The National School Lunch Program provides $10.8 billion to serve about 32 million lunches a year, nearly two-thirds of which are provided free or at a reduced price to low-income students.
To receive funding, schools are required to meet nutritional standards, including limiting fats and serving enough calories. In California, 60 percent of the school lunches reviewed by the state in the past five years failed to meet at least one federal nutritional requirement, according to an analysis by California Watch. More than 200 of about 860 districts and charter schools reviewed failed to meet three or more nutritional standards, the data shows.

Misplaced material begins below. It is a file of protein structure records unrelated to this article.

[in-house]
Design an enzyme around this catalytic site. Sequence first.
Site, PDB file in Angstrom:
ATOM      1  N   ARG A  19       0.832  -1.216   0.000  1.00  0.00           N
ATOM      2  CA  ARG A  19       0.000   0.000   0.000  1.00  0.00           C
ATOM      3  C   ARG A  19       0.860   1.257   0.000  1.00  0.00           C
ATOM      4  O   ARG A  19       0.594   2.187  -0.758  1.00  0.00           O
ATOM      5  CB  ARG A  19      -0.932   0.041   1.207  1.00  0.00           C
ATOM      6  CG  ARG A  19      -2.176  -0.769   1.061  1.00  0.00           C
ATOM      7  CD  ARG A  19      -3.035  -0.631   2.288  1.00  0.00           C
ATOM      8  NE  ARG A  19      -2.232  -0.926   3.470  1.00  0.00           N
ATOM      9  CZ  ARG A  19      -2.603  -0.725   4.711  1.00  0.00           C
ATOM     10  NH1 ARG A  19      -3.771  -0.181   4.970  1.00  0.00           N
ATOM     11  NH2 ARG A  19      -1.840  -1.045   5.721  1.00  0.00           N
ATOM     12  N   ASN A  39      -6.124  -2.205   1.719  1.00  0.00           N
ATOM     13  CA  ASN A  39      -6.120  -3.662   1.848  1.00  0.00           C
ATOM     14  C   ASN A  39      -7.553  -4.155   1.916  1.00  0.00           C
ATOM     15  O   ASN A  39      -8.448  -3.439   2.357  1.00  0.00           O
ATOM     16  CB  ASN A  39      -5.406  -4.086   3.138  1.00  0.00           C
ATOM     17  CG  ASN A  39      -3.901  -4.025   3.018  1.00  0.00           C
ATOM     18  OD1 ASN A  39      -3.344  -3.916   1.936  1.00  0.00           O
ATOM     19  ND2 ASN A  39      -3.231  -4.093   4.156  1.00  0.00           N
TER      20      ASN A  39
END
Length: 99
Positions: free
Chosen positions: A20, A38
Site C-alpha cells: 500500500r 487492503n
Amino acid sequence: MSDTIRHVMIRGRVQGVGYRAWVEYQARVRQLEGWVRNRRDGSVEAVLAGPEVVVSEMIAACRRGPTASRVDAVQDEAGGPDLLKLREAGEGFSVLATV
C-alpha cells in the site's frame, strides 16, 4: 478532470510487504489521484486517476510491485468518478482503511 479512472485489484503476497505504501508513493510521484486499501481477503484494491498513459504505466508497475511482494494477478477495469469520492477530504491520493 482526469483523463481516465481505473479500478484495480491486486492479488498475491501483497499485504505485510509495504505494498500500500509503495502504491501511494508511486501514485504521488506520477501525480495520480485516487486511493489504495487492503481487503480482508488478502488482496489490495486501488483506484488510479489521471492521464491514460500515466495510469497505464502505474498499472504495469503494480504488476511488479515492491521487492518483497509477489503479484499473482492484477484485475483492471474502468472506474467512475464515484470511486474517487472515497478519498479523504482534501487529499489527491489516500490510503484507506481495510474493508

California Watch obtained state Department of Education records showing the nutritional analysis for school lunches reviewed in the past five years. Although the data wasn’t comprehensive, it provides a window into the system.